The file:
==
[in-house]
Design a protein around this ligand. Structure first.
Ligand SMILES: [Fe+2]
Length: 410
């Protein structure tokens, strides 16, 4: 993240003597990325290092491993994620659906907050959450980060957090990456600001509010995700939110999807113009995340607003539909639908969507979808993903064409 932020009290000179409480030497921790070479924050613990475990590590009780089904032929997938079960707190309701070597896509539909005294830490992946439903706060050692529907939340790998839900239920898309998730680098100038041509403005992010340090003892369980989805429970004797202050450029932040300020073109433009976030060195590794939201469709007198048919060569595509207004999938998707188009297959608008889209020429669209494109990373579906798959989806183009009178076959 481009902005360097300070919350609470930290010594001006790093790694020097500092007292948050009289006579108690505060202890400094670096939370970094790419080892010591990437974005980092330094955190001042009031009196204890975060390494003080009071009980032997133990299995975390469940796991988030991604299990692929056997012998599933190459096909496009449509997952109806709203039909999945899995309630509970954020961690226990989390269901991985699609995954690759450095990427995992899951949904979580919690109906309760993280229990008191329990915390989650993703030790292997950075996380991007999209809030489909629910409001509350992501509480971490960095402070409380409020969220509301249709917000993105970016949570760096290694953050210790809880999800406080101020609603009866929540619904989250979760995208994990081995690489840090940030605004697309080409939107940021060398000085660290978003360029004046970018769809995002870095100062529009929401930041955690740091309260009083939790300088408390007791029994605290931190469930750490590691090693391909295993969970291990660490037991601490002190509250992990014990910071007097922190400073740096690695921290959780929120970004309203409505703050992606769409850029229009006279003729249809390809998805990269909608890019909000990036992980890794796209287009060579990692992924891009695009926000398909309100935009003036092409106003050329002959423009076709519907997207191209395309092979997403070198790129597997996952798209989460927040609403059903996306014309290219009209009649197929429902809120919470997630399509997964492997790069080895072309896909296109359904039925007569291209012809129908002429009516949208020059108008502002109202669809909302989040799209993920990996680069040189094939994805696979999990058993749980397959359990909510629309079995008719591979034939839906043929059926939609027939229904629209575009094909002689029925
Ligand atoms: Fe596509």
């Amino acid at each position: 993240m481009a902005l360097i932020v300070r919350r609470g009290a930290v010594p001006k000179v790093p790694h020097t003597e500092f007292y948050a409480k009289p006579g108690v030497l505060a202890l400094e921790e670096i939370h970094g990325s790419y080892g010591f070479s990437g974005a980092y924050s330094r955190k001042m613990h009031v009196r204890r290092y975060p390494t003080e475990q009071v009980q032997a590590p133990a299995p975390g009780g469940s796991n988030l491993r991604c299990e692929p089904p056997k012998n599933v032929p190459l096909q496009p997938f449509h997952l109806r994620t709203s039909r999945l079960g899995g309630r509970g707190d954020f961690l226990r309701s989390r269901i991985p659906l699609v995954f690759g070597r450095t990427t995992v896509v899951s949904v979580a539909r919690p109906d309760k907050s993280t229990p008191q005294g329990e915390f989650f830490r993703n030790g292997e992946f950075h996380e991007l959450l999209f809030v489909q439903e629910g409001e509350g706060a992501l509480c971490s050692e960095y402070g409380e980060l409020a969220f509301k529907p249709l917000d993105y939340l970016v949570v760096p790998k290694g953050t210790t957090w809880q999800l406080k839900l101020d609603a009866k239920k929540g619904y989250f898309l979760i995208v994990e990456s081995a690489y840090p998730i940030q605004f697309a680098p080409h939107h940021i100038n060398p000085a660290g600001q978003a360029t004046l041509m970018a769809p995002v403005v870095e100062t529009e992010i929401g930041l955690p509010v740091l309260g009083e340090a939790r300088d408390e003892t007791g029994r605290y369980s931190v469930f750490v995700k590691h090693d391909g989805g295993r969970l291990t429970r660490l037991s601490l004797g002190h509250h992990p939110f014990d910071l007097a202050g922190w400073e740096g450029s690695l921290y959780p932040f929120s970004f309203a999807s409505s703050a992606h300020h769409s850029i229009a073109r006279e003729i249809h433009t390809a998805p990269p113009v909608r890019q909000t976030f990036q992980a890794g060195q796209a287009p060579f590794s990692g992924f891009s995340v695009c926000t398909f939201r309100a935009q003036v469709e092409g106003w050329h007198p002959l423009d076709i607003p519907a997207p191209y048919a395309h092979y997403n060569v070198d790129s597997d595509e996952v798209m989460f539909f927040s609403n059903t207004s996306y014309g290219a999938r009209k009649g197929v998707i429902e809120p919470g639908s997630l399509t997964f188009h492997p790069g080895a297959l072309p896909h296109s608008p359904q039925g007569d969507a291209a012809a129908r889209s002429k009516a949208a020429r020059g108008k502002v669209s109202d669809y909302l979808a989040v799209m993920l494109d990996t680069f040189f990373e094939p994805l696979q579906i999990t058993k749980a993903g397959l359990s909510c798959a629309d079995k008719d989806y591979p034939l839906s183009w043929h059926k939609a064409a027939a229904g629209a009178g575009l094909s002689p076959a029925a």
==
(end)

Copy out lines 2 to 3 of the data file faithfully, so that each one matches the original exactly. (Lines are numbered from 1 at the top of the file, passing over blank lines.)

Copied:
Design a protein around this ligand. Structure first.
Ligand SMILES: [Fe+2]